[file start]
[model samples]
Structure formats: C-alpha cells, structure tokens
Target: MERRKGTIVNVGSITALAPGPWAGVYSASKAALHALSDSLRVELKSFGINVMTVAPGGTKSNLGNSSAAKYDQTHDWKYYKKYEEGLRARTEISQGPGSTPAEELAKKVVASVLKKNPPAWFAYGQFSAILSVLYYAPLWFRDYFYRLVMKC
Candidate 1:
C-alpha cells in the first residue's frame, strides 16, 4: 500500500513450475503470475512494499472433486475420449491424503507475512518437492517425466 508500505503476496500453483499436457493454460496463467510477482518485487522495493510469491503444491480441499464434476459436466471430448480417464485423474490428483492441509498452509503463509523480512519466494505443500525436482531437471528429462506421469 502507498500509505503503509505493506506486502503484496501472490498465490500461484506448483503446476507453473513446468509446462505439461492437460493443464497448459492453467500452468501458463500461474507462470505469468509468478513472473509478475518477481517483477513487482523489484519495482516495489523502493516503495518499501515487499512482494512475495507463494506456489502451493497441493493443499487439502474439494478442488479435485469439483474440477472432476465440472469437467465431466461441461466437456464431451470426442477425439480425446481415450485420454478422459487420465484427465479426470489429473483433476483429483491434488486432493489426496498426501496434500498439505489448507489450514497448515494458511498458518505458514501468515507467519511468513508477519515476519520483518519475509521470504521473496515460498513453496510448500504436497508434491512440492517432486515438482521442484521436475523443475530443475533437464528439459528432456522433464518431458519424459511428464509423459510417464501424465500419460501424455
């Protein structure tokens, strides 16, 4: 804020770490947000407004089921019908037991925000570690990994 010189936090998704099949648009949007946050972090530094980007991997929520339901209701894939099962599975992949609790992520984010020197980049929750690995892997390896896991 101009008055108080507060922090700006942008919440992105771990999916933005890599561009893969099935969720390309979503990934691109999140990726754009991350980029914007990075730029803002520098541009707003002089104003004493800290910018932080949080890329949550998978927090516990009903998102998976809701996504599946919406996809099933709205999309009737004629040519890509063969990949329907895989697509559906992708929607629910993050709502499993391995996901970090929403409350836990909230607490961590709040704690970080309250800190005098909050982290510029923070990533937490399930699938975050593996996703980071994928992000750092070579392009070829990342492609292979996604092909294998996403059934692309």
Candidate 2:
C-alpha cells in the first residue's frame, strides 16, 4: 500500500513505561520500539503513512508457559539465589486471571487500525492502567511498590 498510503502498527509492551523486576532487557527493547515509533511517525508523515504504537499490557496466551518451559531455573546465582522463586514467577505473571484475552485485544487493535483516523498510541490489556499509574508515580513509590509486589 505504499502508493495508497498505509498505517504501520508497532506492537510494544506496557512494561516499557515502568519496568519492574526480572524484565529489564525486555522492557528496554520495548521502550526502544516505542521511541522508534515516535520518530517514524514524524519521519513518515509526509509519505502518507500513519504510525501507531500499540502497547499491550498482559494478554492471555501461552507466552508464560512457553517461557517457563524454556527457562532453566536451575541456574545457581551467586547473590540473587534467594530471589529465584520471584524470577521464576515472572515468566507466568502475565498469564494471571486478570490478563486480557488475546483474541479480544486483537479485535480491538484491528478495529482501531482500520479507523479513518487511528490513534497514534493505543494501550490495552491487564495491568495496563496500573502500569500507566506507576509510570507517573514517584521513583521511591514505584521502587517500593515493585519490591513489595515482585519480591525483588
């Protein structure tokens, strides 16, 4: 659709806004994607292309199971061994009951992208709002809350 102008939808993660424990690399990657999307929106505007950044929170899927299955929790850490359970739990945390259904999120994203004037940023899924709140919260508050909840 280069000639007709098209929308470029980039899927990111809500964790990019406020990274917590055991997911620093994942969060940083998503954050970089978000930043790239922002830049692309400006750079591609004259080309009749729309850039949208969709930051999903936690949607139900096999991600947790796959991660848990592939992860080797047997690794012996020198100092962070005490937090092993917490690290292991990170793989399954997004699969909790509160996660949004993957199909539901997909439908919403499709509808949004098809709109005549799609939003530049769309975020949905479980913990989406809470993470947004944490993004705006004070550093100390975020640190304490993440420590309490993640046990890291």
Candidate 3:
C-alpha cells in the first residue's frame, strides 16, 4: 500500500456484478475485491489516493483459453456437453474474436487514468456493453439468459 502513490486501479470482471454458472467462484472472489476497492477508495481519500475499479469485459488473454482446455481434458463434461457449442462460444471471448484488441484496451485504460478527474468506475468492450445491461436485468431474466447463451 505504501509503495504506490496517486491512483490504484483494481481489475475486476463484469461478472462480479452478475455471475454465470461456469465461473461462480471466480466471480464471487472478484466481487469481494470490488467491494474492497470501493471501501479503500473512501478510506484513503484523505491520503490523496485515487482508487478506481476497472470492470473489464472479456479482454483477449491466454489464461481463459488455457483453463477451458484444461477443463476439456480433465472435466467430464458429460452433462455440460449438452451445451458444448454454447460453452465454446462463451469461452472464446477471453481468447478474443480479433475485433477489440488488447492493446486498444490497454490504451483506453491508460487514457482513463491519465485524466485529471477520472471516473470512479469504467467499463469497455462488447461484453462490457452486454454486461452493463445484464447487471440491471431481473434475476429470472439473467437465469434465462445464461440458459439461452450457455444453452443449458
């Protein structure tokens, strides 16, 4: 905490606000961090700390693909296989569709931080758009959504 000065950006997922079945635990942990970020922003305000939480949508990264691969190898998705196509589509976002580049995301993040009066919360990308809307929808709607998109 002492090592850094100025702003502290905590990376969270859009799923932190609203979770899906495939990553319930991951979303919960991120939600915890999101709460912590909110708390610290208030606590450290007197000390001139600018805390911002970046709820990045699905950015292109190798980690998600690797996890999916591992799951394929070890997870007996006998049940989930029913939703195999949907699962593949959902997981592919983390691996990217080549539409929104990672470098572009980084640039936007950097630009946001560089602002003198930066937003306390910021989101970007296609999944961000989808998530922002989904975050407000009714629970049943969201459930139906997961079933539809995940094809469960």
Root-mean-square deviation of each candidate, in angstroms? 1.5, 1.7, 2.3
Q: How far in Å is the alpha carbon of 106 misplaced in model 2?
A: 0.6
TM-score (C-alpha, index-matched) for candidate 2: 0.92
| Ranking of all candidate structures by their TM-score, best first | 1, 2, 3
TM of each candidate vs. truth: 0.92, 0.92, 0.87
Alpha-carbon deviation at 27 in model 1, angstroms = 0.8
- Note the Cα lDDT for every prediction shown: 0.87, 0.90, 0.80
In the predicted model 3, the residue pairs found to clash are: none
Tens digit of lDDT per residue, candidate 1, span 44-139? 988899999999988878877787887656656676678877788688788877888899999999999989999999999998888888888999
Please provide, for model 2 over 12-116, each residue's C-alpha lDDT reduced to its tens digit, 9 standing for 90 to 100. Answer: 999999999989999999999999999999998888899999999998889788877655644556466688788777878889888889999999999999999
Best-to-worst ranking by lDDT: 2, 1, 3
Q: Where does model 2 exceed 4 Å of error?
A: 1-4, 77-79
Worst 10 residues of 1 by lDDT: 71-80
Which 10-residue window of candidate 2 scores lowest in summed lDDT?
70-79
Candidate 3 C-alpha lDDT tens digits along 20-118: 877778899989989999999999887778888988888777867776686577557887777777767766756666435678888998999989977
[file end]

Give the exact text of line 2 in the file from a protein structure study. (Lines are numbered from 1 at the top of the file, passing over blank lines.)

Structure formats: C-alpha cells, structure tokens